Disclaimer: This is a curated piece written by TNJN staff writer Sean Poston.
Background of Black History Month
Some people believe that Black History Month occurs in February because it is the shortest month of the year. However, the birthdays of two prominent figures in black history led to the decision of choosing February for this annual celebration.
In 1915, Jesse E. Moorland and Carter G. Woodson founded the Association for the Study of Negro Life and History (ASNLH), which is now the Association for the Study of African American Life and History (ASALH). In 1926, with the help of the association, Woodson founded Negro History Week. They chose the second week of February because it holds the birthdays of President Abraham Lincoln and Frederick Douglass.
Fifty years later, President Gerald Ford designated the entire month of February as Black History Month.
Woodson was an African American historian, author and journalist. He is most notably known for his novels “The History of the Negro Church” and “The Mis-Education of the Negro.“ Additionally, he wrote more than 20 books throughout his career. A Washington, D.C. native, he earned a doctorate in history from Harvard University, which made him the second African American to do so. He was also a member of the Omega Psi Phi Fraternity, Inc., a historically black fraternity and a member of the National Panhellenic Council.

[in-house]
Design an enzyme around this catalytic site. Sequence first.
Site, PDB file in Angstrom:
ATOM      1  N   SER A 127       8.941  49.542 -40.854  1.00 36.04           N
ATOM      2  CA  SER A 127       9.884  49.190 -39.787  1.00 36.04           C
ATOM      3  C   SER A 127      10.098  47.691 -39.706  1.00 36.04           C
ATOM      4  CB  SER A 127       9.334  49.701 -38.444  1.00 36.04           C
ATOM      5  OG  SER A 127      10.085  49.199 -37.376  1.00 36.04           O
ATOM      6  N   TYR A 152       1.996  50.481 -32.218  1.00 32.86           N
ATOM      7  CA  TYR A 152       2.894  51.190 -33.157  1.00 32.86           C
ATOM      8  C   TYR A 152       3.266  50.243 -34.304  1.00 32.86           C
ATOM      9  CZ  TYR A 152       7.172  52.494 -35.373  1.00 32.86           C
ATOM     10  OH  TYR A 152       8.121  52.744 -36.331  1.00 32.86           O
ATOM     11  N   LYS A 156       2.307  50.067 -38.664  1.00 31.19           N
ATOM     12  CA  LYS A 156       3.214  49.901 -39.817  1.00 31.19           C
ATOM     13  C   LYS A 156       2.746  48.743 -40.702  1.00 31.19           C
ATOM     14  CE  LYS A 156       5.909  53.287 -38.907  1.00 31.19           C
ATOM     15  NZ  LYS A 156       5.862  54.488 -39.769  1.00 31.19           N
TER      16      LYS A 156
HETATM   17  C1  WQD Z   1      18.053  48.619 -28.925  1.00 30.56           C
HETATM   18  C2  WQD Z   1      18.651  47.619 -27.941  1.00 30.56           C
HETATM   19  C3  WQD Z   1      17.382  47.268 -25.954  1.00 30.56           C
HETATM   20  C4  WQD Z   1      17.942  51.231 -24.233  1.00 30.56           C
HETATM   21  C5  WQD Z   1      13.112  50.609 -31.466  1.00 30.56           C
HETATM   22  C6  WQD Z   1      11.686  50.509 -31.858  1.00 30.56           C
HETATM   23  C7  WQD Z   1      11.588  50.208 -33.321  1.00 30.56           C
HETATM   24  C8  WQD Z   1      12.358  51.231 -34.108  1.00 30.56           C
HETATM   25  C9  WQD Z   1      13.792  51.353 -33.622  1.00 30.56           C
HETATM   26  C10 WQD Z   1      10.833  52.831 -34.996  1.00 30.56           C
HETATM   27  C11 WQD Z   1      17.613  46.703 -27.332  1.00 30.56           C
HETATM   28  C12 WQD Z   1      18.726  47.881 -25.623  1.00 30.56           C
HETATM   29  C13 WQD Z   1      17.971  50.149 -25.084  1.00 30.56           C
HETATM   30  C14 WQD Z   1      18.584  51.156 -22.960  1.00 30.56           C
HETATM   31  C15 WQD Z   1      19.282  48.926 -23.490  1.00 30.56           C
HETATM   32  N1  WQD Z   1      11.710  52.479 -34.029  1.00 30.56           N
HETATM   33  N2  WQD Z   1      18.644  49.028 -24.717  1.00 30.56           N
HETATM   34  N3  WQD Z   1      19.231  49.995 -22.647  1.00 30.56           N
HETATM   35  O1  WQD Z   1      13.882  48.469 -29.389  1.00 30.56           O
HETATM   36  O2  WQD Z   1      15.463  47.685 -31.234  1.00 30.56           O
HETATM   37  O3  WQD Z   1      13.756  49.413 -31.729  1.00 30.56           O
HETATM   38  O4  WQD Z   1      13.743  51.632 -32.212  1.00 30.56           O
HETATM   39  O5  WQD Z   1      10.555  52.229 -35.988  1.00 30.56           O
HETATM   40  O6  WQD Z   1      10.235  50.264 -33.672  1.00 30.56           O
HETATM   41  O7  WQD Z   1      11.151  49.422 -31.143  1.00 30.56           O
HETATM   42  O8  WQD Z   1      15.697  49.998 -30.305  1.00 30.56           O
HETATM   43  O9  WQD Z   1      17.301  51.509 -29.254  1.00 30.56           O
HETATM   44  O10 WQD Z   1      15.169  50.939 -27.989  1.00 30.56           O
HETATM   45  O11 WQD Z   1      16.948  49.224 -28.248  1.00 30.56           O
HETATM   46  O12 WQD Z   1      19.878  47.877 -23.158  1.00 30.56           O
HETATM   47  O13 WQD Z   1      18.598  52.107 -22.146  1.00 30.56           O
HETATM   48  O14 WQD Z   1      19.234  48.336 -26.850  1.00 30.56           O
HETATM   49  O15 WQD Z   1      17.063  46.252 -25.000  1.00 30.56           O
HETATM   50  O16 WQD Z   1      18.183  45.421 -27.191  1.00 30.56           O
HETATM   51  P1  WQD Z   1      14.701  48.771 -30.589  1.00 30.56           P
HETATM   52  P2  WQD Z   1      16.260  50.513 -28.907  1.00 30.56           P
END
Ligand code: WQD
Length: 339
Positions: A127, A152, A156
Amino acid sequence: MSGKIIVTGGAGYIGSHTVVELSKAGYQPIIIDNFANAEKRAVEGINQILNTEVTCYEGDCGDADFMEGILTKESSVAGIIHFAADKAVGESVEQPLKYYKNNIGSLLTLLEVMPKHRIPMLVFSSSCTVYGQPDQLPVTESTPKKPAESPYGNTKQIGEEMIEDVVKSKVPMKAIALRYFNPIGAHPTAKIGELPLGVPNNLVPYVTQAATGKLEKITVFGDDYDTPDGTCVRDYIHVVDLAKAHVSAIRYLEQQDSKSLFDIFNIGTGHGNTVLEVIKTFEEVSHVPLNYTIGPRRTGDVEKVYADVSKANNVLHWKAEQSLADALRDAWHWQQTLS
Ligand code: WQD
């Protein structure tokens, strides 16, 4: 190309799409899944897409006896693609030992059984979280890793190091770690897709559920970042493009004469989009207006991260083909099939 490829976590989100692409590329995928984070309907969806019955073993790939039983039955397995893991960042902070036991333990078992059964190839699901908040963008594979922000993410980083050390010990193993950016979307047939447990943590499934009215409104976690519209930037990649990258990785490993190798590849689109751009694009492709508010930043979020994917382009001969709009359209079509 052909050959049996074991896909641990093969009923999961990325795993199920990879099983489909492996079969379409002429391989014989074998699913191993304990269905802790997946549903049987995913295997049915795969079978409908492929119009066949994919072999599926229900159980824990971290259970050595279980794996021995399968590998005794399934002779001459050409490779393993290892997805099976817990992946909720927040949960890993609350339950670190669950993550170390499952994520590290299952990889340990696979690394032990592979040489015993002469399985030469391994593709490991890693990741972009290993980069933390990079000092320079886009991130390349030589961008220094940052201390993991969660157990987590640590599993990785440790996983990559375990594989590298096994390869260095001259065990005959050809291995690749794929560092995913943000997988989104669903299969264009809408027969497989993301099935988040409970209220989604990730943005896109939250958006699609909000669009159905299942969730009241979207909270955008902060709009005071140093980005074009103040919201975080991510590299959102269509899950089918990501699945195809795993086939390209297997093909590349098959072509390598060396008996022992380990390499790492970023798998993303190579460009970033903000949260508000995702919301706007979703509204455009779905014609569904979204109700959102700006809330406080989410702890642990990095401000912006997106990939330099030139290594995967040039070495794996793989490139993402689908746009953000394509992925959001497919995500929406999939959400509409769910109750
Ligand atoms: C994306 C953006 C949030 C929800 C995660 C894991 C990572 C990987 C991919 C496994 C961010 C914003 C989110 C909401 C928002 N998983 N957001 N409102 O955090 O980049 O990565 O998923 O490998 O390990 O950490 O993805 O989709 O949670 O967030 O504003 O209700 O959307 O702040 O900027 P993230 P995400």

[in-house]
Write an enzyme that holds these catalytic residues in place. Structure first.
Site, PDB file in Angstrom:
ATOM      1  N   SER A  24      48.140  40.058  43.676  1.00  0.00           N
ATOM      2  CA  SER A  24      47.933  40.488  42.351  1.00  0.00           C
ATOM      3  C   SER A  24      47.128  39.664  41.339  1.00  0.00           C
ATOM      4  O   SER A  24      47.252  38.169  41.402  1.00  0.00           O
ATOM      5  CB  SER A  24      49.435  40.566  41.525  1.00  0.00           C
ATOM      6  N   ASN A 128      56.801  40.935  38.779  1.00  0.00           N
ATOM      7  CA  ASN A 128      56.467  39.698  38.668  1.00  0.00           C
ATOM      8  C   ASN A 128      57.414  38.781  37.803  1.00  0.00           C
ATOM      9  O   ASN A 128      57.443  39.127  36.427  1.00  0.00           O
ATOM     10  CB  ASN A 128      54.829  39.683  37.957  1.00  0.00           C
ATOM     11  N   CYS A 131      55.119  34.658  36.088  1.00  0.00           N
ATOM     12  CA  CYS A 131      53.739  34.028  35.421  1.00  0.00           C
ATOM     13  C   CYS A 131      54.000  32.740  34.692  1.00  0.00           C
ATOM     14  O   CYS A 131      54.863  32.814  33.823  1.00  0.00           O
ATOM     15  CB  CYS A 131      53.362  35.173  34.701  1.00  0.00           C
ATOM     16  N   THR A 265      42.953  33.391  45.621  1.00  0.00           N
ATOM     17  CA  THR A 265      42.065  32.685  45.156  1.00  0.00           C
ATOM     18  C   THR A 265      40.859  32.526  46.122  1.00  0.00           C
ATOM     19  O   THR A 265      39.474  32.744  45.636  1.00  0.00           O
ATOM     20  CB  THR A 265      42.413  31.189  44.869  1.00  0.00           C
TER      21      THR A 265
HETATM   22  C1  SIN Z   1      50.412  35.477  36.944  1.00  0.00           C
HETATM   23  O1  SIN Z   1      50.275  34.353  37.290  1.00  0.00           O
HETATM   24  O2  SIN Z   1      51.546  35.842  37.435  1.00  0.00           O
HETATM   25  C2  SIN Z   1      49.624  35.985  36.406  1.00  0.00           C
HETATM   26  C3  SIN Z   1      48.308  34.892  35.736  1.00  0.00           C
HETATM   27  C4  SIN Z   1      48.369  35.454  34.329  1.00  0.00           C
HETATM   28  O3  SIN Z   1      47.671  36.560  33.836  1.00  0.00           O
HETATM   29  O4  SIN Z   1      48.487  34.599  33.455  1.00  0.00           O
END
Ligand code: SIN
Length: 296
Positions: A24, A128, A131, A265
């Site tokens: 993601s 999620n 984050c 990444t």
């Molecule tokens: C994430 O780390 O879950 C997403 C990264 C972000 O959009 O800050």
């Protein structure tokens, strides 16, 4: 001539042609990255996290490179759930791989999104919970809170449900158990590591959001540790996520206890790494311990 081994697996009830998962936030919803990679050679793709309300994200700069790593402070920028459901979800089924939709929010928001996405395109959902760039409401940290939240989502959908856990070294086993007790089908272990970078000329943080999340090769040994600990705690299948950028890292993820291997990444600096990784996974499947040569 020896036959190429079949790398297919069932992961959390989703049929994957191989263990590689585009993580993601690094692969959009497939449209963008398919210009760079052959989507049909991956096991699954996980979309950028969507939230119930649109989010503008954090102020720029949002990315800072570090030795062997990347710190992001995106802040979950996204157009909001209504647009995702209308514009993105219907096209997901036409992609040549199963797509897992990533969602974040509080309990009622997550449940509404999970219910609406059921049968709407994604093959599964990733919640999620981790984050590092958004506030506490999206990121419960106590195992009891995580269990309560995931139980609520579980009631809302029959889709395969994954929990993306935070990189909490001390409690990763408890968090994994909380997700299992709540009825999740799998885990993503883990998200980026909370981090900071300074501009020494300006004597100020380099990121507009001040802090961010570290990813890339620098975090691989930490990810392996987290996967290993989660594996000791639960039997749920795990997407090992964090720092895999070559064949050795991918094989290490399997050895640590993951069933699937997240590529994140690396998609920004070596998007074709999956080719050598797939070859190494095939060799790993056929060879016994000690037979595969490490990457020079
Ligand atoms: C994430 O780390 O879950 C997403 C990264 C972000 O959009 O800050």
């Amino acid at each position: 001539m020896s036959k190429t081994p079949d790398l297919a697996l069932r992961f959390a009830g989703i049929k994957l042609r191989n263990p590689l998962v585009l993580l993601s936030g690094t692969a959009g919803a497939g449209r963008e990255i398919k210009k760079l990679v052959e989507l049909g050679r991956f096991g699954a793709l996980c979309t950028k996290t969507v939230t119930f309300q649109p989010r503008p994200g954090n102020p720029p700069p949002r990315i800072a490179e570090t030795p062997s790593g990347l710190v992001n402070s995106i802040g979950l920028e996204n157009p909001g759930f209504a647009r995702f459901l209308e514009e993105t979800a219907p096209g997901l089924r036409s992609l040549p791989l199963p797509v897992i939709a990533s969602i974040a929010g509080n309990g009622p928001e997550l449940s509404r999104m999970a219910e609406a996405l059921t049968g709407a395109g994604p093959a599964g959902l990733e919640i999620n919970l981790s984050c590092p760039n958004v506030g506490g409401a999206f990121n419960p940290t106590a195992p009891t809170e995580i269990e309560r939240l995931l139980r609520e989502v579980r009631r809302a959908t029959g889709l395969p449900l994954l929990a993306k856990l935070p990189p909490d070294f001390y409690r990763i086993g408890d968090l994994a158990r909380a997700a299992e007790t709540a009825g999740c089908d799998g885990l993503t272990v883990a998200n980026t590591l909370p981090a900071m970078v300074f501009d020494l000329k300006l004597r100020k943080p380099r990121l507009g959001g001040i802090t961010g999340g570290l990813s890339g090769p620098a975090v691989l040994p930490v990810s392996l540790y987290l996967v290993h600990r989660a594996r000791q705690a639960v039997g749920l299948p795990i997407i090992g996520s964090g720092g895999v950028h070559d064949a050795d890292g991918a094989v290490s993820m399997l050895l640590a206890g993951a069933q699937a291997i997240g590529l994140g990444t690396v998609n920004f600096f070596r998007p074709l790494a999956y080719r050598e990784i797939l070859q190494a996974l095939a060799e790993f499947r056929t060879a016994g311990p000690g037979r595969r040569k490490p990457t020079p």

This fraternity helped launch Woodson’s first attempt to celebrate black history with the establishment of Negro History and Literature Week in 1924. The need for a widespread celebration led to the changes that have occurred since.
This year, the Iota Beta chapter of Omega Psi Phi at the University of Tennessee, Knoxville honored the work of Woodson as part of their larger celebration of Black History Month. They highlighted a notable African American figure each day during February on Instagram. Iota Beta President Henry Iduoze explained his chapter’s motivation behind the Instagram posts.
“We highlighted professionals in STEM and the arts,” Iduoze said. “I think this was done to show individuals that we’re more than a stereotype that black success comes from being an athlete or entertainer.”
Many of the figures were either notable members of Omega Psi Phi or other overlooked figures of black history.
Featured image by National Park Service, courtesy of Creative Commons
Edited by Gracie-Lee Strange and Donna Mitchell